This page uses content from Wikipedia and is licensed under CC BY-SA.

In cryptanalysis, the **piling-up lemma** is a principle used in linear cryptanalysis to construct linear approximation to the action of block ciphers. It was introduced by Mitsuru Matsui (1993) as an analytical tool for linear cryptanalysis.

The piling-up lemma allows the cryptanalyst to determine the probability that the equality:

holds, where the *X* 's are binary variables (that is, bits: either 0 or 1).

Let *P*(A) denote "the probability that A is true". If it equals one, A is certain to happen, and if it equals zero, A cannot happen. First of all, we consider the piling-up lemma for two binary variables, where and .

Now, we consider:

Due to the properties of the xor operation, this is equivalent to

*X*_{1} = *X*_{2} = 0 and *X*_{1} = *X*_{2} = 1 are mutually exclusive events, so we can say

Now, we must make the central assumption of the piling-up lemma: the binary variables we are dealing with are **independent**; that is, the state of one has no effect on the state of any of the others. Thus we can expand the probability function as follows:

Now we express the probabilities *p*_{1} and *p*_{2} as ½ + ε_{1} and ½ + ε_{2}, where the ε's are the probability biases — the amount the probability deviates from ½.

Thus the probability bias ε_{1,2} for the XOR sum above is 2ε_{1}ε_{2}.

This formula can be extended to more *X* 's as follows:

Note that if any of the ε's is zero; that is, one of the binary variables is unbiased, the entire probability function will be unbiased — equal to ½.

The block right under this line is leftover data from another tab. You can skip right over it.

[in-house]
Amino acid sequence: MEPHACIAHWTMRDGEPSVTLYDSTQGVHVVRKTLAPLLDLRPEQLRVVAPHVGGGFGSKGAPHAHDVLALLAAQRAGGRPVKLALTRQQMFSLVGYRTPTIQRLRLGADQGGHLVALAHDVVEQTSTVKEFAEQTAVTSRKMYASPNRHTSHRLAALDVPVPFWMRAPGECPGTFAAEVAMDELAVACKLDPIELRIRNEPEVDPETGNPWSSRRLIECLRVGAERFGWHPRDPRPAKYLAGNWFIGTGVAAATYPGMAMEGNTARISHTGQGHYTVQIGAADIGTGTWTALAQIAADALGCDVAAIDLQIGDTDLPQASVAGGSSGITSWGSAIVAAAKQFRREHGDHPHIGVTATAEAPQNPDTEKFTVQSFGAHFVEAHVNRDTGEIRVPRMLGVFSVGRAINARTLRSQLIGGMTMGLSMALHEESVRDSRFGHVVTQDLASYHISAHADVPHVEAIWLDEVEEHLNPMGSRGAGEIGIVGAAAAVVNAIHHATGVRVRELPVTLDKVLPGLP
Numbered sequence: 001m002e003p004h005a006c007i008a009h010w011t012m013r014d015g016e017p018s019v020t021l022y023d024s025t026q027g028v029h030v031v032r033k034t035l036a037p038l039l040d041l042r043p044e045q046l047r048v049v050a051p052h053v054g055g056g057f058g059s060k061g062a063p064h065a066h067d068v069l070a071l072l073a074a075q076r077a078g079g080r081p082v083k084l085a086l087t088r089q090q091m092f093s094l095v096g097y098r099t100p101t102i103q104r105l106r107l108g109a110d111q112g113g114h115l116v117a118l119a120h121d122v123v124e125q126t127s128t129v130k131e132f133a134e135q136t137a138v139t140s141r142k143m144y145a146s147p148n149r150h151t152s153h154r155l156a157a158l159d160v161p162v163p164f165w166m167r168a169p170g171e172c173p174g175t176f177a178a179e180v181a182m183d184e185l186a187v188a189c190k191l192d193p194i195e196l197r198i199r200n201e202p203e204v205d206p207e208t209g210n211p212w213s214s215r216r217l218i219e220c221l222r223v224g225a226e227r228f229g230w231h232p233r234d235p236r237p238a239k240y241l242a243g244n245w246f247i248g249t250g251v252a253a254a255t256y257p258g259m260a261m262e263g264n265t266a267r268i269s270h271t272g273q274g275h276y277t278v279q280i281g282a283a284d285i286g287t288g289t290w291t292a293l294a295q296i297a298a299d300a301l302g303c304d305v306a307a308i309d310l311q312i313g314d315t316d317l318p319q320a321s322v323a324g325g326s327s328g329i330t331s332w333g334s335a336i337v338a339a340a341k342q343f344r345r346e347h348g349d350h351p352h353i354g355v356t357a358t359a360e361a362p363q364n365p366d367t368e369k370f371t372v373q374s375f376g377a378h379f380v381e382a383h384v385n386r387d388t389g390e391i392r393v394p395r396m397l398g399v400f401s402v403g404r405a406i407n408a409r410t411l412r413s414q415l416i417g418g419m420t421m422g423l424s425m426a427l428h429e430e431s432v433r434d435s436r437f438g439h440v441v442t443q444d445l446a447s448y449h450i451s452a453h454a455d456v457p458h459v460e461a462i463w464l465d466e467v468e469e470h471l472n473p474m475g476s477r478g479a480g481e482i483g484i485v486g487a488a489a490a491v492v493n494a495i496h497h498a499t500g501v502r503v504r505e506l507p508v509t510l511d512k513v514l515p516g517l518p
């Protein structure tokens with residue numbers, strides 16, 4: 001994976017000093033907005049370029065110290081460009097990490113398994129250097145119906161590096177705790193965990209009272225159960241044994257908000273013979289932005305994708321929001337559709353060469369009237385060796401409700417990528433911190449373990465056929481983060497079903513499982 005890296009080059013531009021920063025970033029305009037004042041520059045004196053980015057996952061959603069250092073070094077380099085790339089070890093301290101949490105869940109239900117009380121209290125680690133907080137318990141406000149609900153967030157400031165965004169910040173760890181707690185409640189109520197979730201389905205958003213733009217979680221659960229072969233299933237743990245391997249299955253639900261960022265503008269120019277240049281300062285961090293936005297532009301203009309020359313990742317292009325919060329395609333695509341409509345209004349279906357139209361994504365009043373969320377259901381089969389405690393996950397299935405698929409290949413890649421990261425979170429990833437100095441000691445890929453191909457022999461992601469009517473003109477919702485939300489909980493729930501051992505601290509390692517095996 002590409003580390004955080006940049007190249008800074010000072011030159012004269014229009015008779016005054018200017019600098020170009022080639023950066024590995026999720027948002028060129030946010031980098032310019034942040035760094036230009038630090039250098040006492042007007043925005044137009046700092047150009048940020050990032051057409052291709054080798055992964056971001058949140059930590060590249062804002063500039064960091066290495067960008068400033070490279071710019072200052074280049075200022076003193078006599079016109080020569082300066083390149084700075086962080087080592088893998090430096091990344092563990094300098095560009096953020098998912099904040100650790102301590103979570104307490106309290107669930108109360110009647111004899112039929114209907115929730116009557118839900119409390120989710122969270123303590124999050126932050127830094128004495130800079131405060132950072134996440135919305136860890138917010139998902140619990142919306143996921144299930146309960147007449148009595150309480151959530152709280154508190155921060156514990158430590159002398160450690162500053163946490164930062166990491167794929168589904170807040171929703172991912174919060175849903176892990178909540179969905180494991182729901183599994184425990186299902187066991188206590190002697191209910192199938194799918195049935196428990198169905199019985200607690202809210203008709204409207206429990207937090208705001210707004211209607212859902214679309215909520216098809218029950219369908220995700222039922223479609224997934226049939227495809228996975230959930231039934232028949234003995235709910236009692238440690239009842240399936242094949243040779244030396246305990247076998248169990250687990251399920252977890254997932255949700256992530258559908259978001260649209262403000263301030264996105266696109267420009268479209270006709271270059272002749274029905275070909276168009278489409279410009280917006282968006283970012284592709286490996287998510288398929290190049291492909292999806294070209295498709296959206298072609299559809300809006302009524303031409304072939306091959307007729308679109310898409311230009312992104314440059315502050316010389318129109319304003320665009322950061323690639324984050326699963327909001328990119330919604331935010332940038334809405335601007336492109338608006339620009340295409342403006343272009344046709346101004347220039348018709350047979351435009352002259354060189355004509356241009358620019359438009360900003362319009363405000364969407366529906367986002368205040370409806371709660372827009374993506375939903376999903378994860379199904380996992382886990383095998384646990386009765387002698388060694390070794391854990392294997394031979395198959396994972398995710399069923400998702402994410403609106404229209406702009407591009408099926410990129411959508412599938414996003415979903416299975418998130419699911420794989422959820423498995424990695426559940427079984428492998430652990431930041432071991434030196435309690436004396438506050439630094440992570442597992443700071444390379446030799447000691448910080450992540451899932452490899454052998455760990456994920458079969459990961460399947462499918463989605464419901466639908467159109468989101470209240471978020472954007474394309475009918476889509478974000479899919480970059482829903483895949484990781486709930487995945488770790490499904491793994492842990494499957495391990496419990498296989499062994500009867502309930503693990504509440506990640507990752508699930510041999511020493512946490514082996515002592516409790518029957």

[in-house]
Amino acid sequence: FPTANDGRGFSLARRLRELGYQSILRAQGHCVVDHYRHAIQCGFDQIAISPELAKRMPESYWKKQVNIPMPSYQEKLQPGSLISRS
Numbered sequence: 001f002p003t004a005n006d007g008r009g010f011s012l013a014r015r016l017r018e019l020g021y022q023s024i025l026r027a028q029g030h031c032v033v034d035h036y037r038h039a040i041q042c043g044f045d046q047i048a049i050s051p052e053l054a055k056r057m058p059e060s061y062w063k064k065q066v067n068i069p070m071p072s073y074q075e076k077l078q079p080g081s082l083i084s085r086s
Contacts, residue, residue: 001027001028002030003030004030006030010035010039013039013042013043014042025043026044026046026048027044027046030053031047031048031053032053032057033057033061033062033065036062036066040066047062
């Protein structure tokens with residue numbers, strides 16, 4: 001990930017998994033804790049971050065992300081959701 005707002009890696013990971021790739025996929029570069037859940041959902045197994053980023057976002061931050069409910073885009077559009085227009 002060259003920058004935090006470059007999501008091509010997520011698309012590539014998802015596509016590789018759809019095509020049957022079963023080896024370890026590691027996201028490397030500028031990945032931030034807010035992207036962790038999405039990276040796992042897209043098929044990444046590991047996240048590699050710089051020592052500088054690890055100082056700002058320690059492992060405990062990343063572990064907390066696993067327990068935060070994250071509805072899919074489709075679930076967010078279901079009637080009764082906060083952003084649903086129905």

A related slightly different definition of the bias is in fact minus two times the previous value. The advantage is that now with

we have

adding random variables amounts to multiplying their (2nd definition) biases.

In practice, the *X*s are approximations to the S-boxes (substitution components) of block ciphers. Typically, *X* values are inputs to the S-box and *Y* values are the corresponding outputs. By simply looking at the S-boxes, the cryptanalyst can tell what the probability biases are. The trick is to find combinations of input and output values that have probabilities of zero or one. The closer the approximation is to zero or one, the more helpful the approximation is in linear cryptanalysis.

However, in practice, the binary variables are not independent, as is assumed in the derivation of the piling-up lemma. This consideration has to be kept in mind when applying the lemma; it is not an automatic cryptanalysis formula.

- Matsui, Mitsuru (1994). "Linear Cryptanalysis Method for DES Cipher".
*Advances in Cryptology—EUROCRYPT ’93*. Springer. pp. 386–397. doi:10.1007/3-540-48285-7_33.